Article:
The Impact of Cultural Development of Disabled Identity on Special Education Systems in the US and Japan: A Comparative Analysis

Abstract

This paper presents a comparative case study of the history of special education in the United States and Japan along with an overview of contemporary public education in each nation. Are the same populations considered disabled in each system? Which, if any, disabled people receive special education services? American culture veers sharply towards individualism and in the classroom emphasis is often placed on preparing for standardized assessments of academic achievement. In contrast, Japanese public education focuses initially on developing the classroom as a unit and creating a strong community in which children are not othered for their differences, positive or negative, before the more competitive academic years begin. Particular attention is paid to the Japanese phenomenon of hikikomori, teenagers and young adults who have undergone voluntary withdrawal from society, as well as the increased diagnosis rate of ADHD in the US, two circumstances that appear to be highly culturally specific.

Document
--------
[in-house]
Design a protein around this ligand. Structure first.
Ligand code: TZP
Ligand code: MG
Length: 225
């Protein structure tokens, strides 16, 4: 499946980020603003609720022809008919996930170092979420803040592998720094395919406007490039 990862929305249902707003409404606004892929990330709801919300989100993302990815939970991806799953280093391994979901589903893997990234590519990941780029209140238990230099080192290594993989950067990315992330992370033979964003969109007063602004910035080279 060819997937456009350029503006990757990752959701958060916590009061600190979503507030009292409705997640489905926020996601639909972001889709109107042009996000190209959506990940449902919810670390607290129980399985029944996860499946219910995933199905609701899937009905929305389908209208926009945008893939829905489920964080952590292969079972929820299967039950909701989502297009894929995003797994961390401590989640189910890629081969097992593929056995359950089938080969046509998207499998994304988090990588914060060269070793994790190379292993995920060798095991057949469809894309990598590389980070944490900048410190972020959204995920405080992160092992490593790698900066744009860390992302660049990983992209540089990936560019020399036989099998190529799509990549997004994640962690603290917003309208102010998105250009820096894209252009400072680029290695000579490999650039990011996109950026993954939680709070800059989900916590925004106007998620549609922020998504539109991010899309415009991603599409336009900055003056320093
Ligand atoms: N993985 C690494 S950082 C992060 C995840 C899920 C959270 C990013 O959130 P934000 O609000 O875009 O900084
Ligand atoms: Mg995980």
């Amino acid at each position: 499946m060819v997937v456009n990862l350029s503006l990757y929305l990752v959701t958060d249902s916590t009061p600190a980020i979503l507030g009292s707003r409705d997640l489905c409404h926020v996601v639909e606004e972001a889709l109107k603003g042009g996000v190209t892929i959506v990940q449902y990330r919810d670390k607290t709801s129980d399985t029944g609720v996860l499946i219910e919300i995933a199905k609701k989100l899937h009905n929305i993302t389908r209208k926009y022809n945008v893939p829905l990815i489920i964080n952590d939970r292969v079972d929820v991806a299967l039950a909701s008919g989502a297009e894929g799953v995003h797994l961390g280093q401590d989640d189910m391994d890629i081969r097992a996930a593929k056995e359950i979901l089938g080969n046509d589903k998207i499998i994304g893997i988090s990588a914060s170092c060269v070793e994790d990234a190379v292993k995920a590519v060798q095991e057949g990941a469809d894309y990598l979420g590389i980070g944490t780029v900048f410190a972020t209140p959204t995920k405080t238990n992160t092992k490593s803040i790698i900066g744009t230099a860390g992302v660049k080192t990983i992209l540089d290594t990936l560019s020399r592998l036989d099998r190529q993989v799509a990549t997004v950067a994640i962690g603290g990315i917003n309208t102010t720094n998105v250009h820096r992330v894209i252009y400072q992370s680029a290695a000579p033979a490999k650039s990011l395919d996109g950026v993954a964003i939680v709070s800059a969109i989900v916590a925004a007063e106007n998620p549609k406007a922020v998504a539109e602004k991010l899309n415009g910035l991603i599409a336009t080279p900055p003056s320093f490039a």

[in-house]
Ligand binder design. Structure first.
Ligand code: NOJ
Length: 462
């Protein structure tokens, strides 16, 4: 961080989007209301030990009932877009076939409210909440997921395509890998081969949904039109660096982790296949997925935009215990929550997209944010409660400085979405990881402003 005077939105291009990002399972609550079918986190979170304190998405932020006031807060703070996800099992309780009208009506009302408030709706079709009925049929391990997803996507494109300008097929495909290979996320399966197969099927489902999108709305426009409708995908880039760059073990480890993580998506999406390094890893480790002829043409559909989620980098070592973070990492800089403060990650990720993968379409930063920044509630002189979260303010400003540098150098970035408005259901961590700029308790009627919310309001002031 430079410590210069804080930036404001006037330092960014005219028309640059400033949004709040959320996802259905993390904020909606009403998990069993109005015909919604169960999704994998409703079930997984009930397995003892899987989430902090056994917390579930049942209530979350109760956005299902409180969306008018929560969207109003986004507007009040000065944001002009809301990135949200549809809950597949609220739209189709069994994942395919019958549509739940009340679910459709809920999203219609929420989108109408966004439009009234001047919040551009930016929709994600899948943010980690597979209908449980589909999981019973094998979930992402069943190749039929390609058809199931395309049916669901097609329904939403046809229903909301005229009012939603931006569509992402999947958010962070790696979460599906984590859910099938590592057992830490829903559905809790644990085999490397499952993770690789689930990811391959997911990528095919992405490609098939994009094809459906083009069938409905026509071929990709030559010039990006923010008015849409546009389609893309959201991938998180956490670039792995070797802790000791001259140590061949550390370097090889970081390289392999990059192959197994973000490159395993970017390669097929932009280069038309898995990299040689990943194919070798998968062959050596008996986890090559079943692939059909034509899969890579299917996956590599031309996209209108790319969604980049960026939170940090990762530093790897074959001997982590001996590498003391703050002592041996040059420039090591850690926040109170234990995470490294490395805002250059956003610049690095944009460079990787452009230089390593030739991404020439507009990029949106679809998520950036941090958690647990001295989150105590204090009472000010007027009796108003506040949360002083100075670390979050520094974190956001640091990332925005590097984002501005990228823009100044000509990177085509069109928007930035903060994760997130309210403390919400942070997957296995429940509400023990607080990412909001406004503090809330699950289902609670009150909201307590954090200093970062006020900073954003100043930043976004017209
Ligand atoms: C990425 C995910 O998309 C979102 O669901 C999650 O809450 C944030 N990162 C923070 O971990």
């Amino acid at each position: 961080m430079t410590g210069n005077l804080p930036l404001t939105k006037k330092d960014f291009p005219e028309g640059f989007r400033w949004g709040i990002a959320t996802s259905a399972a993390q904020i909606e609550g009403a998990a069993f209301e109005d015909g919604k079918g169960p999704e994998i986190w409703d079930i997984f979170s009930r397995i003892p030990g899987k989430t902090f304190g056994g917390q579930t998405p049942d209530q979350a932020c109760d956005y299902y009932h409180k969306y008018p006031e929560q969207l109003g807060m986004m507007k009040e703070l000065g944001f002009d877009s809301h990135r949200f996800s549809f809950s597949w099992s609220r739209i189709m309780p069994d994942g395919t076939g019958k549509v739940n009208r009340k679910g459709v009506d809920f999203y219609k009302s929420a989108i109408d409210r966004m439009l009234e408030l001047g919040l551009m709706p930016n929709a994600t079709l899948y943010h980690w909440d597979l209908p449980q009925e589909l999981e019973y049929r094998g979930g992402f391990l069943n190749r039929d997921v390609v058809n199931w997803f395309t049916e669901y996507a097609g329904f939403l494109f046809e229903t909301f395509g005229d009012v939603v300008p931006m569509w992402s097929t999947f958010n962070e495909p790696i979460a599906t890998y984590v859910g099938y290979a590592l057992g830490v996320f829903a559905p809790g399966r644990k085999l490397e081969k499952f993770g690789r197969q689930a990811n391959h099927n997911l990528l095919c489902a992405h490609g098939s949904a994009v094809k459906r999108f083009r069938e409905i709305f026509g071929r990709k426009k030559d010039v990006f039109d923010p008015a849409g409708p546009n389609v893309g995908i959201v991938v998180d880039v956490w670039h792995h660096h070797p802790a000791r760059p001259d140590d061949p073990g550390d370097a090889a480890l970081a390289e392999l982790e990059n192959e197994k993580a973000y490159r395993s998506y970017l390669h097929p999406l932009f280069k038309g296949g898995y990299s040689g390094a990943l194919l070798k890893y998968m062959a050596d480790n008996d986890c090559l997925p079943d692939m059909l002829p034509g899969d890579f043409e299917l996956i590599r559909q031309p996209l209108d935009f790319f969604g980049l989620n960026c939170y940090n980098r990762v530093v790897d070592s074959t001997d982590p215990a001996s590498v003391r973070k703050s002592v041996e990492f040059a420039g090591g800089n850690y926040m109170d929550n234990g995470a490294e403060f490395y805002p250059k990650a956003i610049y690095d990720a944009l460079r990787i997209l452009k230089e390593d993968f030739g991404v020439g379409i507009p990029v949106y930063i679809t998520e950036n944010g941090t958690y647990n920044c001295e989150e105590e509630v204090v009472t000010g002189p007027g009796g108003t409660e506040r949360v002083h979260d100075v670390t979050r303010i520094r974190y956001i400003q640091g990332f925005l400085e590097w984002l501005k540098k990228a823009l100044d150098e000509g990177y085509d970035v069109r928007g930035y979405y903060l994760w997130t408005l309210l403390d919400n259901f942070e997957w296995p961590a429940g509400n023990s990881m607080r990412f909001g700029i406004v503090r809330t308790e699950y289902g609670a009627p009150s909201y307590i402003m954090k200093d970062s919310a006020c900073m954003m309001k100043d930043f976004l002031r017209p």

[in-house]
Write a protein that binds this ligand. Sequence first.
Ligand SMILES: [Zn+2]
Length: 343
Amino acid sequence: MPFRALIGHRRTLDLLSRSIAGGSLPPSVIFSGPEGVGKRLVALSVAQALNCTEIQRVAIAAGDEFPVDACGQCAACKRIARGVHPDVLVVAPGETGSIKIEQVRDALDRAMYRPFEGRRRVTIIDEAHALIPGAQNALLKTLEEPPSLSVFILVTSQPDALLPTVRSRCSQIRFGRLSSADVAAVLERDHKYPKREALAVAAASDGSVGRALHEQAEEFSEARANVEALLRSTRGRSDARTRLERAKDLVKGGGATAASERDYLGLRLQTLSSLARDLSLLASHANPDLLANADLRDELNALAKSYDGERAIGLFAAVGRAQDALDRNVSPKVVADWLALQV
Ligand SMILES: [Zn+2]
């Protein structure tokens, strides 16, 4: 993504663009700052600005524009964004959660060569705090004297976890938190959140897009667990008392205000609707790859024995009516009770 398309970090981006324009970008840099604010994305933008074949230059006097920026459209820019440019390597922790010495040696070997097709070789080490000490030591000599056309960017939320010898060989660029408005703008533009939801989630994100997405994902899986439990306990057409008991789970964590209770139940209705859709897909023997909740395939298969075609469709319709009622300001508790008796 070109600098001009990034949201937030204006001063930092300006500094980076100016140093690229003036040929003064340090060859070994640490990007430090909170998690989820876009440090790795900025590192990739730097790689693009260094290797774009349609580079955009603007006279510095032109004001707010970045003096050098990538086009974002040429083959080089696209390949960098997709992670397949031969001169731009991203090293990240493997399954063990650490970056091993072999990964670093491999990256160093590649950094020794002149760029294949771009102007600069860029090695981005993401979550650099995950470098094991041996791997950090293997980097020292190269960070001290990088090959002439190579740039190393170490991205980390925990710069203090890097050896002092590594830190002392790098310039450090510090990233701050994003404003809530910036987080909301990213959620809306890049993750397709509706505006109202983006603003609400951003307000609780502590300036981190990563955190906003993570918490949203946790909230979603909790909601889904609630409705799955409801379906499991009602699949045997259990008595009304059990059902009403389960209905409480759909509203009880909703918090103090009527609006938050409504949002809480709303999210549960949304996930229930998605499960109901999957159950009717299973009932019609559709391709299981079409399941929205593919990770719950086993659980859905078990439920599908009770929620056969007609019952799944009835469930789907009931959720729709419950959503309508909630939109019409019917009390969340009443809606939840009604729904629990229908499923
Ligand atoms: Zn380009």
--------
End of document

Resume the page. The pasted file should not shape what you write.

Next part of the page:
Author Information
Caitlin S. Cafiero, Syracuse University, United States

Paper Information
Conference: ERI2022
Stream: International Education

This paper is part of the ERI2022 Conference Proceedings (View)
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To cite this article:
Cafiero C. (2022) The Impact of Cultural Development of Disabled Identity on Special Education Systems in the US and Japan: A Comparative Analysis ISSN: 2435-1202 – The IAFOR Conference on Educational Research & Innovation: 2022 Official Conference Proceedings https://doi.org/10.22492/issn.2435-1202.2022.5
To link to this article: https://doi.org/10.22492/issn.2435-1202.2022.5


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